CAN FASTING BE GOOD FOR YOU? TWO STUDIES REVEAL HOW IT CHANGES THE BODY

Can fasting be good for you? Two studies reveal how it changes the body

by KATIE MACBRIDE

RESEARCHERS STUDYING calorie restriction and intermittent fasting agree that how we eat — or don’t eat — can affect our longevity.

Among those same researchers, however, is debate over which practice is actually responsible for the well-documented health benefits.

Studies, mostly in animals, have linked molecular, metabolic, and antiaging benefits to both calorie restriction and intermittent fasting. But it’s difficult to parse exactly why scientists are observing this, mainly because of the inherent nature of this work.

For example, calorie restriction studies in rodents typically have the animals eat once per day, rapidly consuming their food. This unintentionally results in fasting — which is more defined as an eating pattern that revolves around meal timing.

However, two recent studies both argue fasting is responsible for these help benefits more so than calorie restriction.

Scientists led by researchers from the University of Wisconsin wanted to parse the differing effects of fasting and calorie restriction. A study published Monday in Nature Metabolism found that when mice were on a specific type of fasting diet, it resulted in the most health benefits.

A different study, published last week in Nature Metabolism found that similar benefits could be achieved through a diet that “mimicked” fasting.

Valter Longo, director of the University of Southern California’s Longevity Institute and lead author of the second study, tells Inverse these conclusions are in line with the way research has been moving.

“Just reducing calories has been studied for 100 years,” Longo says, “but it’s never really gone anywhere because it doesn’t lead to too many benefits.”

WHAT YOU NEED TO KNOW FIRST — Intermittent fasting is less about what you eat than when you eat. There are a variety of different options, but people who practice intermittent fasting often do it one of three ways.

  • The 16:8 schedule (16 hours of fasting, then a set window of 8 hours for food and drink)
  • The 5:2 (eating normally for 5 days, fasting or eating very few calories for 2)
  • Alternate-day fasting, or periodic fasting with occasional consecutive fasting periods

Calorie restriction (CR) is more about what you eat than when. When someone is on a calorie-restricted diet, they eat fewer calories than they typically would, while still getting all the nutrients they need throughout the day.

Researchers led by scientists from the University of Wisconsin wanted to determine which diet yielded more health benefits in mice.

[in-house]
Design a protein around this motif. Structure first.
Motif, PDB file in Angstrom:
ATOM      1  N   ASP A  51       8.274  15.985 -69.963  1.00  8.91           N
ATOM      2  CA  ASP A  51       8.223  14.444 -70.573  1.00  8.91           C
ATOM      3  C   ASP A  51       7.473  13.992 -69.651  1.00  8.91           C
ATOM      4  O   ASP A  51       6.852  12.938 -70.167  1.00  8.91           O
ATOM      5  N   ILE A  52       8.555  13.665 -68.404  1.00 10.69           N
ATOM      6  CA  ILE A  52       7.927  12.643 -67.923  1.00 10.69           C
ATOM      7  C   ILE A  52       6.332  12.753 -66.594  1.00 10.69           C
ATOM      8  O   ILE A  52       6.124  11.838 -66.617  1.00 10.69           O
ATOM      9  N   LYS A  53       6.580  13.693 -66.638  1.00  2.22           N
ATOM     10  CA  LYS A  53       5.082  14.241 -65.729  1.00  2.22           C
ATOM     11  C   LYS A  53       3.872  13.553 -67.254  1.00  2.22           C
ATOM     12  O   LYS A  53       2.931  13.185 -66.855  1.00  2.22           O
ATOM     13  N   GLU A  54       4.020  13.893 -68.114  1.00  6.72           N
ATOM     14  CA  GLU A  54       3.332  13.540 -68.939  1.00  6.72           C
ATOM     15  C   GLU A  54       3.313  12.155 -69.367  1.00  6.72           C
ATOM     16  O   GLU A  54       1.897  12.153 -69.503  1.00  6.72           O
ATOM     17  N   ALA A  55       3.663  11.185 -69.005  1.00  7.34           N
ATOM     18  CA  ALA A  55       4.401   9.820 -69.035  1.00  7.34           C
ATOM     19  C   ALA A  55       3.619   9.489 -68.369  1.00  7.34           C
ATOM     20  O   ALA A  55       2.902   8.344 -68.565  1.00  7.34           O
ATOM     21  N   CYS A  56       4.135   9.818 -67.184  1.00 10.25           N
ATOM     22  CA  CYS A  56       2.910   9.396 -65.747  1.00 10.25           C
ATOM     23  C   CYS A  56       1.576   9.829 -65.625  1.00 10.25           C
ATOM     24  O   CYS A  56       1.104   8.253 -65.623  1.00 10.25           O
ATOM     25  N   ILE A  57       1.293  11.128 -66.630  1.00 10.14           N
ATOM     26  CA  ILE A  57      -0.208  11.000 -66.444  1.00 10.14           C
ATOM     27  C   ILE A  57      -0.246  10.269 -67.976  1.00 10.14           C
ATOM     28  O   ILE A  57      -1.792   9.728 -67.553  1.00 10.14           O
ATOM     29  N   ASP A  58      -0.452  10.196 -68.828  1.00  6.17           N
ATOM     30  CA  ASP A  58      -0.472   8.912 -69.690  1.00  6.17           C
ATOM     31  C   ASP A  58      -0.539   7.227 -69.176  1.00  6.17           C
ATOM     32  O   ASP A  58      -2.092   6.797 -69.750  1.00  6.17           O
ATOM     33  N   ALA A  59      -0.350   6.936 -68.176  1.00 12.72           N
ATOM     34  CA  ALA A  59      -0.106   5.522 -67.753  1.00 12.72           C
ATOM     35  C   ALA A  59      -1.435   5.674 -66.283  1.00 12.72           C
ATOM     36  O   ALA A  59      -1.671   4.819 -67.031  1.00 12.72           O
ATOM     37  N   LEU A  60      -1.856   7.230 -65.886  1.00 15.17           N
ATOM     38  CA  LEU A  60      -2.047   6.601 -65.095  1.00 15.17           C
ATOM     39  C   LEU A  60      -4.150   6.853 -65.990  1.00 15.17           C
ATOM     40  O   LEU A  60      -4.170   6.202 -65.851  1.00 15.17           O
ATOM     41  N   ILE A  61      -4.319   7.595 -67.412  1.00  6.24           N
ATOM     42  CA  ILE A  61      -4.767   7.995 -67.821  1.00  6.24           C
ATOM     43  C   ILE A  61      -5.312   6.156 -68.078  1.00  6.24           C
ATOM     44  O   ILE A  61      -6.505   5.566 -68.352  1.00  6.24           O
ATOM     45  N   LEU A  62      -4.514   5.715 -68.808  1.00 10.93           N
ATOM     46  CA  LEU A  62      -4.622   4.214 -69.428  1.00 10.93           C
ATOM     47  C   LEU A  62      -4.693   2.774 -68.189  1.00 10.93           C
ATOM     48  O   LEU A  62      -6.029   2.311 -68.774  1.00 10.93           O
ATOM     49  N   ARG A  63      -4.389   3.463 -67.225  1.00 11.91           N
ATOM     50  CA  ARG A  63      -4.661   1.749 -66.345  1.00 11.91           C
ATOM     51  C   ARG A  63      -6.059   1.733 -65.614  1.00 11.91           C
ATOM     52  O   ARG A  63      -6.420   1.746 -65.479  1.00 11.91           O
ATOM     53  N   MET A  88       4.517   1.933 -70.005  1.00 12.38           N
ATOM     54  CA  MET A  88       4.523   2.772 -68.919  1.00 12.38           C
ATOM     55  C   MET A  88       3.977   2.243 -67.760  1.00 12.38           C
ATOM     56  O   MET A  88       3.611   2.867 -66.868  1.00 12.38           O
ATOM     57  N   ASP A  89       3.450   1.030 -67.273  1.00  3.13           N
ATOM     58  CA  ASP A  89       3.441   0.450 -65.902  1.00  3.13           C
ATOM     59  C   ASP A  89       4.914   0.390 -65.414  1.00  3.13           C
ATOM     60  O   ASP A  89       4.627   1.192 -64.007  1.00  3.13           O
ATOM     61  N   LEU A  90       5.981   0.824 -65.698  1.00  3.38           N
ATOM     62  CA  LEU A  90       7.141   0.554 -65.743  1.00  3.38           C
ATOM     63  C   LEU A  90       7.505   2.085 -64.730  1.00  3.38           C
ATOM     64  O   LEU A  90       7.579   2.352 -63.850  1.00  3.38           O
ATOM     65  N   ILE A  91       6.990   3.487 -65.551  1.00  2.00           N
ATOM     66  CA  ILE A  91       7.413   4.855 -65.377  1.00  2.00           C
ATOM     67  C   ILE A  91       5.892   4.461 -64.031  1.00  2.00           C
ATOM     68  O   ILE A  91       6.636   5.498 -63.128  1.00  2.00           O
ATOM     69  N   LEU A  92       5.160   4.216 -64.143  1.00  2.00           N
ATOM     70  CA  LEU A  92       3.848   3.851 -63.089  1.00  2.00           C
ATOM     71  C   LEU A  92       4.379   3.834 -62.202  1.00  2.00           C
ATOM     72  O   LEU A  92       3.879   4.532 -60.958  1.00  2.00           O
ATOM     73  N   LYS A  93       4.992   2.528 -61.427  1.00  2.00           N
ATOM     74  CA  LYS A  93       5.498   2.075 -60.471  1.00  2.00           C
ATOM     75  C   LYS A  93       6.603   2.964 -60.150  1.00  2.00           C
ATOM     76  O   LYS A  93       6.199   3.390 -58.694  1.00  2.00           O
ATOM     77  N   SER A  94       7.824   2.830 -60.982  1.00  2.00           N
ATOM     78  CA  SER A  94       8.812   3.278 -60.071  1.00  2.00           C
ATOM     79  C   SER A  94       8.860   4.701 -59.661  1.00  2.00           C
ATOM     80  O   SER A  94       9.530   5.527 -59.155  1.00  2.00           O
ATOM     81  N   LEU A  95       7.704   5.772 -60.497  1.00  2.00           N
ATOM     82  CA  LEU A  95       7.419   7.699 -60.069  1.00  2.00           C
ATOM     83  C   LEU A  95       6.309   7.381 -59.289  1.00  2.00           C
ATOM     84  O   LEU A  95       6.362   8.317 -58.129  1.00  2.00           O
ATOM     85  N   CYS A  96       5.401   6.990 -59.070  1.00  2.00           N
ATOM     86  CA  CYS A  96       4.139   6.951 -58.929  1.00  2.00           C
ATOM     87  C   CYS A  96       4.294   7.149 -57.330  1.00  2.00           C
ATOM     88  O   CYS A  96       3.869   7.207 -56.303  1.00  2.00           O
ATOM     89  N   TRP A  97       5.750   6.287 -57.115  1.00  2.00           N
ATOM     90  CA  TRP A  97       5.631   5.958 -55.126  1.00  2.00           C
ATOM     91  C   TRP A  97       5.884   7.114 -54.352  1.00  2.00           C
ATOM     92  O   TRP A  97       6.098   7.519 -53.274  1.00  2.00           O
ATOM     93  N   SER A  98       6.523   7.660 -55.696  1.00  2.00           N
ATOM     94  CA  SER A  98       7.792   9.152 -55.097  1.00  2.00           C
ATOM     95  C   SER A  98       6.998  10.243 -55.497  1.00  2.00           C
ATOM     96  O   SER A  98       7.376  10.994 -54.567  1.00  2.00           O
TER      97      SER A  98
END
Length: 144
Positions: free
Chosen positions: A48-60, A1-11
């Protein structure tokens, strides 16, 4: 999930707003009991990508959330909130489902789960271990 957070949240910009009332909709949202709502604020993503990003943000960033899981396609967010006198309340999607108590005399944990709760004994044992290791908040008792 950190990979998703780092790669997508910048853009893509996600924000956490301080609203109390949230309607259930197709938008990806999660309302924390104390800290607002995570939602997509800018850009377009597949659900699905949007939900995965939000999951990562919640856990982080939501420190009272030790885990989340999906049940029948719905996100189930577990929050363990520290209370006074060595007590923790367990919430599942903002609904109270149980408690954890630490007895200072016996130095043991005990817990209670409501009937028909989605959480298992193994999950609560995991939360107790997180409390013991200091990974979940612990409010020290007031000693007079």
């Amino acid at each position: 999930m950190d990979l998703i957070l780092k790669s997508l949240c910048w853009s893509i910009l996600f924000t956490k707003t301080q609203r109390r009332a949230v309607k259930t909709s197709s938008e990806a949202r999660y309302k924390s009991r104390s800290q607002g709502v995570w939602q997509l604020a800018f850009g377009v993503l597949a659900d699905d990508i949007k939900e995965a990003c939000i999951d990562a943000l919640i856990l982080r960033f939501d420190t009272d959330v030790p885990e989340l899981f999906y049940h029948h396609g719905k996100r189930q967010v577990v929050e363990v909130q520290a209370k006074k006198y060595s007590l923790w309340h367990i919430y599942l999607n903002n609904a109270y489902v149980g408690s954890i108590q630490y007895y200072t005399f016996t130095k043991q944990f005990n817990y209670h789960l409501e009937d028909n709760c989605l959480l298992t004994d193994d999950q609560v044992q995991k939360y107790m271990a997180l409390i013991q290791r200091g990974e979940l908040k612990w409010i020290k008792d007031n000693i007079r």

HOW THE DISCOVERY WAS MADE— The scientists put three groups of male mice on different diets, all of which reduced their daily calorie intake by 30 percent for 16 weeks. Each group had different access to their food:

  • Group 1 had unlimited access to their food
  • Group 2 received food in three equal meals spaced over a 12 hour period
  • Group 3 was trained to rapidly eat all the food at once, which resulted in them fasting for the rest of the day.

Mice receiving a normal diet tailored to rodents without calorie restriction acted as controls.

WHAT THEY FOUND — The researchers found fasting was necessary for “insulin sensitivity” which the researchers explain is “a key physiological hallmark” for calorie restriction in mammals. They also found fasting increased fatty acid oxidation and reduced age-related frailty.

Further, the researchers found that “fasting improves glucose tolerance and insulin sensitivity, reduces adiposity and increases fatty acid oxidation,” all of which have been linked to health benefits and longevity. While calorie restriction was inherent in the study design, it was the fasting that spurred the positive changes.

While the authors note humans are not mice and more research needs to be done, they also say this suggests fasting is responsible for many of the health benefits often associated with calorie-restricted diets.

One of the challenges with translating those results to humans, says Longo, who didn’t work on the study but describes it as “elegant,” is that humans have a much harder time only eating once per day than rodents in a lab who are forced to only eat once per day.

That’s why Longo wanted to study the effect of a fasting-mimicking diet to see if the known benefits of fasting could be achieved in a way humans were more likely to adhere to.

WHAT IS A FASTING-MIMICKING DIET?— In contrast to a calorie-restricted diet, which simply reduces the number of calories consumed, a fasting-mimicking diet, Longo explains, is much more carefully calibrated…

more…

https://www.inverse.com/mind-body/fasting-versus-caloric-restriction

F. Kaskais Web Guru

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